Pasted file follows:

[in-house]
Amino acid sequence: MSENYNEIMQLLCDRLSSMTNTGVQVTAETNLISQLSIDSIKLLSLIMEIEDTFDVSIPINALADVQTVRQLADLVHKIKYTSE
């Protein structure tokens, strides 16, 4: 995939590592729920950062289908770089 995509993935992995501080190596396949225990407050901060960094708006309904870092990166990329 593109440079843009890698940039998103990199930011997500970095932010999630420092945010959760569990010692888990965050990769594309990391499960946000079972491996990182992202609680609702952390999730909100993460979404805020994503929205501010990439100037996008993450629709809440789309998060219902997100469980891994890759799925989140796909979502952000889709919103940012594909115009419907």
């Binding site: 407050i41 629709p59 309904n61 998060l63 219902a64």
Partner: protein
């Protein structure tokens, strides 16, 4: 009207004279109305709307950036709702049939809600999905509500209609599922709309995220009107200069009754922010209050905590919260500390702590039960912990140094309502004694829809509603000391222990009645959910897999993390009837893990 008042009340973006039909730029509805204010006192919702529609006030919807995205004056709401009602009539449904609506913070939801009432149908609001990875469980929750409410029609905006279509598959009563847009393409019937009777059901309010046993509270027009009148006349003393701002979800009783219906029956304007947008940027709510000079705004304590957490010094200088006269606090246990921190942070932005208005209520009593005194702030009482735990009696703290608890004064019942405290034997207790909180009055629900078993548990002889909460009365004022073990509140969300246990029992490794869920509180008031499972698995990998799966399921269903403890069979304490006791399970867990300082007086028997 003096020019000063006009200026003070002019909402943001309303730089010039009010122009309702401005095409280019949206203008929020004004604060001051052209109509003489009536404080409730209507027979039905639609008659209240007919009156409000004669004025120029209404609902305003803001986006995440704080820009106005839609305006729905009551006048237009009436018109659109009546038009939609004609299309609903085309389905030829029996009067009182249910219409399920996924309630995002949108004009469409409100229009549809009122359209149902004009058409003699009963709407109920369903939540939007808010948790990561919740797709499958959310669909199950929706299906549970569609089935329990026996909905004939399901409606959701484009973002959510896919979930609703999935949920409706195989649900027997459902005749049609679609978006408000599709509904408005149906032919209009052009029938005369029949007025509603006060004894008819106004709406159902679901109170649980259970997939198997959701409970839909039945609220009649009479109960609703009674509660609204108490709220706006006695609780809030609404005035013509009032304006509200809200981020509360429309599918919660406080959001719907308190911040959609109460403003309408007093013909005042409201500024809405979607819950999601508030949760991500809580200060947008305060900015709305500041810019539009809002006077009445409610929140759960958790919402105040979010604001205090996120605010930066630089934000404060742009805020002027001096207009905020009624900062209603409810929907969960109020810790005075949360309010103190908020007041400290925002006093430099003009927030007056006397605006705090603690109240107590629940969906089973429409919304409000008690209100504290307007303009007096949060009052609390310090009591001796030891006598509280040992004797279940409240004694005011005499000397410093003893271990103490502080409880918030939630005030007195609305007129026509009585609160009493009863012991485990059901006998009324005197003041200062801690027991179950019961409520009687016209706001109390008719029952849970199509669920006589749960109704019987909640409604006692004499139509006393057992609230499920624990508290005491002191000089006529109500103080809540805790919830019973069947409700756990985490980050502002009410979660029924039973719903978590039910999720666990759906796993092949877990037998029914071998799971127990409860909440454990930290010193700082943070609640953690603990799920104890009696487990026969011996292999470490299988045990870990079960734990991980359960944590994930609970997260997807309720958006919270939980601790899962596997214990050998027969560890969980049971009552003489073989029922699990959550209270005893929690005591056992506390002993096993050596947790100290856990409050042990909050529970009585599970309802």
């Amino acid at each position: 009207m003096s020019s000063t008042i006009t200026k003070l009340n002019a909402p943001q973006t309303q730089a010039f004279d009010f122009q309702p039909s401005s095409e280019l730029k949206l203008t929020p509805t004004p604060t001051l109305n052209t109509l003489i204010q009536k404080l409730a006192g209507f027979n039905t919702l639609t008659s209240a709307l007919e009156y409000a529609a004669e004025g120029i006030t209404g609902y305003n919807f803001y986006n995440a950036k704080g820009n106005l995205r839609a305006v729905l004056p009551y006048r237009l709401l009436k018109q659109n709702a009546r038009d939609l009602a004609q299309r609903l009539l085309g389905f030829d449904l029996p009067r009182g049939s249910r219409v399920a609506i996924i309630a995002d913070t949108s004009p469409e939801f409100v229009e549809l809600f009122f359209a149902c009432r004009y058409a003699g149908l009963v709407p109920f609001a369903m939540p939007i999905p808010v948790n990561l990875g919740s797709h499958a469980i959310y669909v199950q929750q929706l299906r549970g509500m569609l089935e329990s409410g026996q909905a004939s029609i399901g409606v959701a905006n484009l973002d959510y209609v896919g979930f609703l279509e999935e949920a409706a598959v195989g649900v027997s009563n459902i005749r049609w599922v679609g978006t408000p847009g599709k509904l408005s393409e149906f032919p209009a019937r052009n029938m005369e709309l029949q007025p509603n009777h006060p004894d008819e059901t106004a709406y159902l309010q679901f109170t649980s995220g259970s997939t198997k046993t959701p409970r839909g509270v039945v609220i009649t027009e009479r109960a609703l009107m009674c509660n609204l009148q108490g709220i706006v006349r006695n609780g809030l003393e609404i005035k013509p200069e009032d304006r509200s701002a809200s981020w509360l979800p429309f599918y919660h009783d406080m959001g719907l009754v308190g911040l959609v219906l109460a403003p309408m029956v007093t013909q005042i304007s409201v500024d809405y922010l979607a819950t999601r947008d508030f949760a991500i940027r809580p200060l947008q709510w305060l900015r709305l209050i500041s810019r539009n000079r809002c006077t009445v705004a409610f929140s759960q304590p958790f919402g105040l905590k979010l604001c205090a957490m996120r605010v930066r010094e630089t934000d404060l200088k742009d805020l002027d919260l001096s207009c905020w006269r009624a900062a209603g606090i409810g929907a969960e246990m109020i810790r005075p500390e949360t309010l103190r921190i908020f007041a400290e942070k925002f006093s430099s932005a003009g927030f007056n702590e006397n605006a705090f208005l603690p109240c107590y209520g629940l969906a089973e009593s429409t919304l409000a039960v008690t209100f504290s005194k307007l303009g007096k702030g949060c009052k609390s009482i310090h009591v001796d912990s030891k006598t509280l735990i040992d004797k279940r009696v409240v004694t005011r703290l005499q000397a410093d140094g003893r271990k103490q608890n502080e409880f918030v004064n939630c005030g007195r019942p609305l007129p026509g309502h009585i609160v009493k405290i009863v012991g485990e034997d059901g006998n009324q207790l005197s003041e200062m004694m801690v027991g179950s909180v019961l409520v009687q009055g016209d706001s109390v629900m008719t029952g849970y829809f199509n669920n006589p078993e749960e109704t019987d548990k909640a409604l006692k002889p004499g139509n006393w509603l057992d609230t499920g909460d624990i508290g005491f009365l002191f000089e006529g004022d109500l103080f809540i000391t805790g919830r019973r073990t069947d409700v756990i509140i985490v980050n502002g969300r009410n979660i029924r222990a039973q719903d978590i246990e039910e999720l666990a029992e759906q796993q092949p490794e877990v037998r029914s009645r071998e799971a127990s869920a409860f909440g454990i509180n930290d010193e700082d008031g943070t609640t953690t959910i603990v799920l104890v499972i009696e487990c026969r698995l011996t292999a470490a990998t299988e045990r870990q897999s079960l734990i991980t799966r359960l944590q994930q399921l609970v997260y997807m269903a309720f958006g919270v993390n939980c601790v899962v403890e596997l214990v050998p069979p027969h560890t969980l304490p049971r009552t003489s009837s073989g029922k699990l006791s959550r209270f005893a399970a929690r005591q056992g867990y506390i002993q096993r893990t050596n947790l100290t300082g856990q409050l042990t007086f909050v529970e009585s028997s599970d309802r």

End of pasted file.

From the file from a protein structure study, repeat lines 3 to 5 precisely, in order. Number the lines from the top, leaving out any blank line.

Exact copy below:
């Protein structure tokens, strides 16, 4: 995939590592729920950062289908770089 995509993935992995501080190596396949225990407050901060960094708006309904870092990166990329 593109440079843009890698940039998103990199930011997500970095932010999630420092945010959760569990010692888990965050990769594309990391499960946000079972491996990182992202609680609702952390999730909100993460979404805020994503929205501010990439100037996008993450629709809440789309998060219902997100469980891994890759799925989140796909979502952000889709919103940012594909115009419907």
């Binding site: 407050i41 629709p59 309904n61 998060l63 219902a64």
Partner: protein